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Since 2000

Besant Hill dome
The observatory at Besant Hill School, used by SSP participants 2001 – 2009.

The Summer Science Program is one of the oldest programs of its kind in the world, and the only one managed and largely funded by its own alumni.

In 2016, following three years of planning and preparation, a pilot of the first SSP in Biochemistry was held at Purdue University in West Lafayette, Indiana. Six alumni from the previous summer successfully ran through the new experiment.

In 2015, after 56 summers in Southern California, the Board of Trustees accepted an invitation to relocate to the University of Colorado at Boulder.

the measuring engine donated by St. Andrews University
The measuring engine donated by St. Andrews University. These elaborate machines became obsolete when SSP converted to digital images from photographic film.

In 2010 the California campus moved to Westmont College, assisted by Warren Rogers ’76 on their physics faculty. That
year also marked the transition from film to digital images, and from main belt to near-earth asteroids.

Between 2000 and 2009, the Summer Science Program was held at Besant Hill School in Ojai. In 2003 a second campus opened at New Mexico Tech in Socorro, with support from Tech President Dr. Danial Lopez and Sandia Lab / Lockheed Martin.

Alumni to the Rescue

The Thacher School in Ojai, California (north of Los Angeles) was the birthplace of SSP and its only home through 1999. In 2000, the campus was committed to another summer purpose. SSP could have simply closed forever. But alumni and faculty decided that could not be allowed to happen. They rallied to incorporate a nonprofit to take over operation of SSP as an independent program. The original Board included Steve Cotler ’60, Chuck Holland ’60, John Rabold ’70, Richard Bowdon ’74, and Academic Director Stuart Stephens … aka the “gang of five.”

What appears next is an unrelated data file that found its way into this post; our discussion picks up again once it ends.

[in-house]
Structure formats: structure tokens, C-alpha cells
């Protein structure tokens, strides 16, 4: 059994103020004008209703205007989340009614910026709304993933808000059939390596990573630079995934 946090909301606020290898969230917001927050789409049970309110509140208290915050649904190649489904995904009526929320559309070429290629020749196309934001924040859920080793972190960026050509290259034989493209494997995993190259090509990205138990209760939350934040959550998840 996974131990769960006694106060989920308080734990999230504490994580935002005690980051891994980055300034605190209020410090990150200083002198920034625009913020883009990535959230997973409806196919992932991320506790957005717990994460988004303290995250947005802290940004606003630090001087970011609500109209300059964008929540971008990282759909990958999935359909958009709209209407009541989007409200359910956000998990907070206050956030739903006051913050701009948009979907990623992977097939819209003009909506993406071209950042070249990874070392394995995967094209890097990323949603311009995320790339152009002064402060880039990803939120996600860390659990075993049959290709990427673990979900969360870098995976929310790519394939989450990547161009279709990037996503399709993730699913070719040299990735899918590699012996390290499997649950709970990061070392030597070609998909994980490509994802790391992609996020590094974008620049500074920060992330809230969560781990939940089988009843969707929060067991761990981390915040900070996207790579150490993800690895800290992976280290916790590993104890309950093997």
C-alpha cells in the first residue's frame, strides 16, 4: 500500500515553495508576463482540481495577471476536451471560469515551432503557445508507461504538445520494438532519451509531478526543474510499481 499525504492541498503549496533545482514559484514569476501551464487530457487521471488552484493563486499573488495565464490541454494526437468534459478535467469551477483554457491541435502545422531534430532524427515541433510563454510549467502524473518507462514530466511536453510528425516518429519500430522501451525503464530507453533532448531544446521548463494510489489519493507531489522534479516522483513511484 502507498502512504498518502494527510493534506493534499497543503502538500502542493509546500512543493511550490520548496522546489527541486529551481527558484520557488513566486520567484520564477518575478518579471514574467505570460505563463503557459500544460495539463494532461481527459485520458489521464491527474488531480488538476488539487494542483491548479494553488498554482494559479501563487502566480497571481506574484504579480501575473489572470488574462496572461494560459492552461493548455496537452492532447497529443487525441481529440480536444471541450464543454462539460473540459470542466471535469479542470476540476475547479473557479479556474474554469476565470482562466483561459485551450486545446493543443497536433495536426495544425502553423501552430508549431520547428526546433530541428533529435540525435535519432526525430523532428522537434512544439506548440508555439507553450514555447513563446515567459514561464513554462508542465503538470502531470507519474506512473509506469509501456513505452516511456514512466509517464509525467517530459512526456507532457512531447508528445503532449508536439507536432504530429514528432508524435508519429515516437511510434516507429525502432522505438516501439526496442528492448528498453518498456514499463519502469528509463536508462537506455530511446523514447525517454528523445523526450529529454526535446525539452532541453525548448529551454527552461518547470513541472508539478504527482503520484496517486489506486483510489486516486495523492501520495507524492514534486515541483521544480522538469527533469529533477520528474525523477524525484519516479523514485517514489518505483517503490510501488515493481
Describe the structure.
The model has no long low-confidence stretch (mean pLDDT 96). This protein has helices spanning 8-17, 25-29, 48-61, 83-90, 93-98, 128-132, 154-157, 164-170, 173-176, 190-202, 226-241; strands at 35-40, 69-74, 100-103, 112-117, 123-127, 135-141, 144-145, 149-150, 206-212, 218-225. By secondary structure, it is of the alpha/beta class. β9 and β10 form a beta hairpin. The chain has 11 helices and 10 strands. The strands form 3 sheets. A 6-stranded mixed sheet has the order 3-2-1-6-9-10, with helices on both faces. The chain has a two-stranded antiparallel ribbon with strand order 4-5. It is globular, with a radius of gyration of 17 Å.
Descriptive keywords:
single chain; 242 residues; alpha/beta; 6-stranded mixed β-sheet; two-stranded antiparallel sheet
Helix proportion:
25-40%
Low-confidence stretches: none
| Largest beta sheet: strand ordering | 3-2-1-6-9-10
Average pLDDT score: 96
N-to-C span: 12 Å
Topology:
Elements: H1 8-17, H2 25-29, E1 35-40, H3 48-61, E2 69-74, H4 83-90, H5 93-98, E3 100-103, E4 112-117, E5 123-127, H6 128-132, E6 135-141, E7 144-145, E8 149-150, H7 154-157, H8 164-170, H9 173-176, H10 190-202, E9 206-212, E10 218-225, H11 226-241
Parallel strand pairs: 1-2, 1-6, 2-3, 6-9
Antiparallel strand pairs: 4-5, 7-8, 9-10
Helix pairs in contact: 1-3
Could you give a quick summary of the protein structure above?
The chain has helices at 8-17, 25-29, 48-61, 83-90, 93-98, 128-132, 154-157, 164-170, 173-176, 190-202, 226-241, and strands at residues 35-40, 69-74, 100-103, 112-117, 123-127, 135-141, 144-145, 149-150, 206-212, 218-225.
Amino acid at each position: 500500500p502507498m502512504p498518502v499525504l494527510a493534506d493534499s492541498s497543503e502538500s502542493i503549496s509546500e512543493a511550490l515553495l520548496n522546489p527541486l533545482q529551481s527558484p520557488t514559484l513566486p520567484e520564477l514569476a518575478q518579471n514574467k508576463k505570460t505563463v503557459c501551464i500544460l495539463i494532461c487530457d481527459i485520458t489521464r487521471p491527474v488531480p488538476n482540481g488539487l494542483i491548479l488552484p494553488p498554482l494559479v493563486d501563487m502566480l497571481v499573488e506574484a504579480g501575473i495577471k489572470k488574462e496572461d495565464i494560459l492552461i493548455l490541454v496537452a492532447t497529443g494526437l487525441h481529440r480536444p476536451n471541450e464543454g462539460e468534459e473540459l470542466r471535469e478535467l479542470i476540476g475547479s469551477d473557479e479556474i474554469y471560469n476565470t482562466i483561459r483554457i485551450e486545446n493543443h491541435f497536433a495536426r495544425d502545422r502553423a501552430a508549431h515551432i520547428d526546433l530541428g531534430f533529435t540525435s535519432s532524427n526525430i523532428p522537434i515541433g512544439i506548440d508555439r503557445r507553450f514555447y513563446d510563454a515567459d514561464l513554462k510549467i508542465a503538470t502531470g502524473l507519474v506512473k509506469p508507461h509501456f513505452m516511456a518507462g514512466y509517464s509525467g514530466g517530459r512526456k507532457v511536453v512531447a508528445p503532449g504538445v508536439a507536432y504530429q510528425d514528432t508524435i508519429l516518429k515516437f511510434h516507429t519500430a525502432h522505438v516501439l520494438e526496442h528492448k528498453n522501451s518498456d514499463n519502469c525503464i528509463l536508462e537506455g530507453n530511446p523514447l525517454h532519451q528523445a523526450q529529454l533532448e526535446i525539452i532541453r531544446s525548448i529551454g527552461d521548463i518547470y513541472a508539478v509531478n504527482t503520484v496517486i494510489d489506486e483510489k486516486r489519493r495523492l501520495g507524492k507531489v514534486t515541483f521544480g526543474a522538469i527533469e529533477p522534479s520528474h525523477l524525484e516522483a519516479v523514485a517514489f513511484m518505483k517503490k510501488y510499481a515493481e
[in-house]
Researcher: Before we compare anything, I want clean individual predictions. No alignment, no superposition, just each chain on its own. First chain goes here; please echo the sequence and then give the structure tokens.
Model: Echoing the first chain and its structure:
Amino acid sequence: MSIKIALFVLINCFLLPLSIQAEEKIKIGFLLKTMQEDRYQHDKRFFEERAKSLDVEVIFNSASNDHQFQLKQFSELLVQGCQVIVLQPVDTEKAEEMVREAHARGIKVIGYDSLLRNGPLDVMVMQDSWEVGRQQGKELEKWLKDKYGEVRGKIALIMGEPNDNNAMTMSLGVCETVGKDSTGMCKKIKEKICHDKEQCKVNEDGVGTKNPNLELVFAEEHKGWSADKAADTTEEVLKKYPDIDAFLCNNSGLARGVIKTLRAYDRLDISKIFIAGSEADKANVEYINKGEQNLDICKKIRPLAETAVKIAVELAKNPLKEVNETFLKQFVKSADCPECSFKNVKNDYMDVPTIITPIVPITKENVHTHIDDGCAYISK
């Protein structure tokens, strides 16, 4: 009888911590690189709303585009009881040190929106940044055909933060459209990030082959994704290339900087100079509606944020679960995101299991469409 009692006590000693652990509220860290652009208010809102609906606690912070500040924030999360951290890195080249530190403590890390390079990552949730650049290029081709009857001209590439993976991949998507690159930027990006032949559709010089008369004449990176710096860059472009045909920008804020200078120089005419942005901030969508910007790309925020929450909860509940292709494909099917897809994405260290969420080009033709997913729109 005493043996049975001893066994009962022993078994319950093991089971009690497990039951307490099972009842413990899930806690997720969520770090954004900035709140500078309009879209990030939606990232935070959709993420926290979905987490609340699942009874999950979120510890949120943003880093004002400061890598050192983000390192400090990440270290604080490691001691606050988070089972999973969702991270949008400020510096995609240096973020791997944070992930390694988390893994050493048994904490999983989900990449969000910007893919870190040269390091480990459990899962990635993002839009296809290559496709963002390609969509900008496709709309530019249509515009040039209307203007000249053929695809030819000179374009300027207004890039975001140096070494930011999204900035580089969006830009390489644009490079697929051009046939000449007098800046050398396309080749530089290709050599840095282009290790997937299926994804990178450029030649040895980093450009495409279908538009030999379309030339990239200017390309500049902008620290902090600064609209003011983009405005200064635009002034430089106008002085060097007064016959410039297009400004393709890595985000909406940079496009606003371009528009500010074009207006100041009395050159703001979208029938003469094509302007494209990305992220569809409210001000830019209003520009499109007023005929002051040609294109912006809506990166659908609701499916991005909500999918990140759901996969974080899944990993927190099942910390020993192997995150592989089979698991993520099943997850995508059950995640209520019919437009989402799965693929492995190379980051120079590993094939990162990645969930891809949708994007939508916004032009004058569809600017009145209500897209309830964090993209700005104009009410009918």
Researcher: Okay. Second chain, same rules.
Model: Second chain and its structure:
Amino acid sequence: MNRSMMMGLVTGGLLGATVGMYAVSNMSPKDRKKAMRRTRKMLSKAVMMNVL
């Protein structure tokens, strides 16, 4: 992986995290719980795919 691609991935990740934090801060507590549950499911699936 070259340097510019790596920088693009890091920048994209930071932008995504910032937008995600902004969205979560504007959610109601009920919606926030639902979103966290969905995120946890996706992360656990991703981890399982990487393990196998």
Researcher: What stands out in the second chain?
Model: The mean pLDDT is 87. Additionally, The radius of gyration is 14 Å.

UCLA astrograph
The astrograph donated by UCLA first to Thacher then to SSP, after its move to Besant Hill School in 2001

Thacher willingly donated equipment, intellectual property, and most importantly, the list of everyone who had ever attended or taught at SSP since 1959. But initially there was no money and no campus.

In the fall of 1999, a letter went out to alumni asking for donations. The response was amazing. Within weeks enough funds were in hand to ensure a program could be held in 2000.

Meanwhile, a search committee started visiting potential hosts. For continuity, a site in Southern California was preferred, and one was found just across the Ojai Valley from Thacher, at Happy Valley School (now called Besant Hill School). There was no time to move the observatory, so faculty shuttled students up and down the steep Dennison Grade each night to use the telescope still at Thacher.

from the appeal mailed to alumni in Dec. 1999

Because of these limitations SSP ’00 had to be a bit smaller (24 students) and shorter (5 weeks) than usual, but participants found their experience just as transformative. We proved that the Summer Science Program could be held someplace other than Thacher School and retain its power to inspire young people.

The Thacher Years 1959-1999

Class of 1959
The first SSP, in 1959